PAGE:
Some Dogs Can Detect Coronavirus in Human Sweat
It has been found that the sweat of people who have COVID-19 has a very specific smell that humans cannot detect. However, it turns out that some dogs have the ability to sniff it out.
Very recently, researchers across the globe have been working on training canines to identify the coronavirus through scent. It has been reported that some dogs are so good at sniffing it out that they succeed 100% of the time.
About the Study
In the initial test, eight specially-trained Belgian Malinois were used. Many of these dogs had already been working with emergency responders and firefighters. Some of them had been used before to locate people who had been buried in an earthquake, while the others had been utilized to diagnose people who had colon cancer.
Every one of these dogs was then taught to sniff out COVID-19, by smelling inside of a steel cone that was attached to one of five sample jars that contained virus-positive human sweat samples.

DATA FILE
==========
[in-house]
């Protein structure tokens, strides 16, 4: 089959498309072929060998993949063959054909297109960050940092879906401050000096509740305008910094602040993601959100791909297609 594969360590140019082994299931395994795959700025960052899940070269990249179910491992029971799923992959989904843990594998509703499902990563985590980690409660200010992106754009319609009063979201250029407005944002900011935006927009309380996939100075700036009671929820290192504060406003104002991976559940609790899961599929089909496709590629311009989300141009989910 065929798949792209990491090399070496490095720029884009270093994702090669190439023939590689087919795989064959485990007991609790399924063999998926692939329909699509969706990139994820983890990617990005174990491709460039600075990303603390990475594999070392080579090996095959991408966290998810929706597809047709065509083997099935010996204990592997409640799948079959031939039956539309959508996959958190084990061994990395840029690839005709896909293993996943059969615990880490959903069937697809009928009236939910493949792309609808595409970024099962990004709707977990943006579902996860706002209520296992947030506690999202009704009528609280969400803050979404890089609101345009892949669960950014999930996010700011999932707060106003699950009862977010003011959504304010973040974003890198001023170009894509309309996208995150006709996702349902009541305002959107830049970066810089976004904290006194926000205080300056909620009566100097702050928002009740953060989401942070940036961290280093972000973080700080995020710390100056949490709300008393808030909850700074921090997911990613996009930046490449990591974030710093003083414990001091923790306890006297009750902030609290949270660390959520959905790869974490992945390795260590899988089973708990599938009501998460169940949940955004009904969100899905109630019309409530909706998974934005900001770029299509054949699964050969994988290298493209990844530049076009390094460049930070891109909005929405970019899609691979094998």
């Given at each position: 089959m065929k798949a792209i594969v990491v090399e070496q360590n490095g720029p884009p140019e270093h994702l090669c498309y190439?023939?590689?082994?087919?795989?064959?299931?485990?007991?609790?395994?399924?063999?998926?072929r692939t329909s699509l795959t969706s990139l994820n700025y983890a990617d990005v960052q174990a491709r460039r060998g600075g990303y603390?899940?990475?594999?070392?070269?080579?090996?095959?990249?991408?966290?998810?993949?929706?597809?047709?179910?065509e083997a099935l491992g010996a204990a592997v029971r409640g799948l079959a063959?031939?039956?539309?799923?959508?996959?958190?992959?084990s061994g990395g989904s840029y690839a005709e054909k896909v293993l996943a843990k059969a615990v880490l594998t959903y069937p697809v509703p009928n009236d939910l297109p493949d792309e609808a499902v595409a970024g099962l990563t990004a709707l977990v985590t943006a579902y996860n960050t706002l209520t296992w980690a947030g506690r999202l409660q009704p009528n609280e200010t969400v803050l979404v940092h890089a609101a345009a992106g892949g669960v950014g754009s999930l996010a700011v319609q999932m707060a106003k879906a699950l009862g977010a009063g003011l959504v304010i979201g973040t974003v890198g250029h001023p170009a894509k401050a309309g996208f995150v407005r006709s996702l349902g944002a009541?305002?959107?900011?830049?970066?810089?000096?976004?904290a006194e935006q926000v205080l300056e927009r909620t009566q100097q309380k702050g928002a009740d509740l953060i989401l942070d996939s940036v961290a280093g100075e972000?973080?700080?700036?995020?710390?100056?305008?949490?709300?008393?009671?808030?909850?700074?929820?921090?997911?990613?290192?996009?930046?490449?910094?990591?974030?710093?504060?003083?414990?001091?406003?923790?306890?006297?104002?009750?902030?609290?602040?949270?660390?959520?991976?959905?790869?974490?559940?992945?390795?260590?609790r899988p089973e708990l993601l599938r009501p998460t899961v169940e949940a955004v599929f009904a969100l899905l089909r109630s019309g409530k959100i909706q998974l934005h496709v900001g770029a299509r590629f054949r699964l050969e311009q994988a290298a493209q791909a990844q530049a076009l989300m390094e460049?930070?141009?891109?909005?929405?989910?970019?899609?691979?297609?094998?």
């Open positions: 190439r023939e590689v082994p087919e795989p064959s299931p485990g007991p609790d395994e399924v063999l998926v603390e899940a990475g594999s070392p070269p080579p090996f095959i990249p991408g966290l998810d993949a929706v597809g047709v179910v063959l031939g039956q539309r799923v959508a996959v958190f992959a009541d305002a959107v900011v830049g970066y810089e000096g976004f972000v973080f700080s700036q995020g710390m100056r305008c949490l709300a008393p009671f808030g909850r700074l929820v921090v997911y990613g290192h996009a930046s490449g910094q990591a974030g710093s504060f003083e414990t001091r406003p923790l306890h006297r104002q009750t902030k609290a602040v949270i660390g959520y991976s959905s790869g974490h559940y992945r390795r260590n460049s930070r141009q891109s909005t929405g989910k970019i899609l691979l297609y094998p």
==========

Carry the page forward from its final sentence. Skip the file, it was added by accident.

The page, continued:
Each time that the dog sat down in front of a cone where the sample was positive, the trainer gave the dog a reward, such as its favorite toy. At this point, the researchers made the test harder by adding negative samples and moving the location of the positive samples.
Dozens of these trials were completed, and four out of eight dogs scored perfectly. Even the dog that did the worst found 8 out of 10 COVID positive samples.
Similar findings have been reported from testing conducted in Brazil, Australia, Lebanon, and Argentina.
How Do Dogs Have This Ability?
Hartford Healthcare explains it in this way. When we get a disease, it causes a complex metabolic change to occur in our bodies. This can cause gas molecules called volatile organic compounds or VOCs to be emitted from our pores.
Not only can dogs smell these VOCs, they can actually distinguish between one and another. When a dog “detects COVID-19” what they are really detecting is how your immune response is reacting to the disease.
If this all seems too hard to believe, keep in mind that a dog’s nose is somewhere between 10,000 and 100,000 times more sensitive than ours, or any other mechanical device that we can create.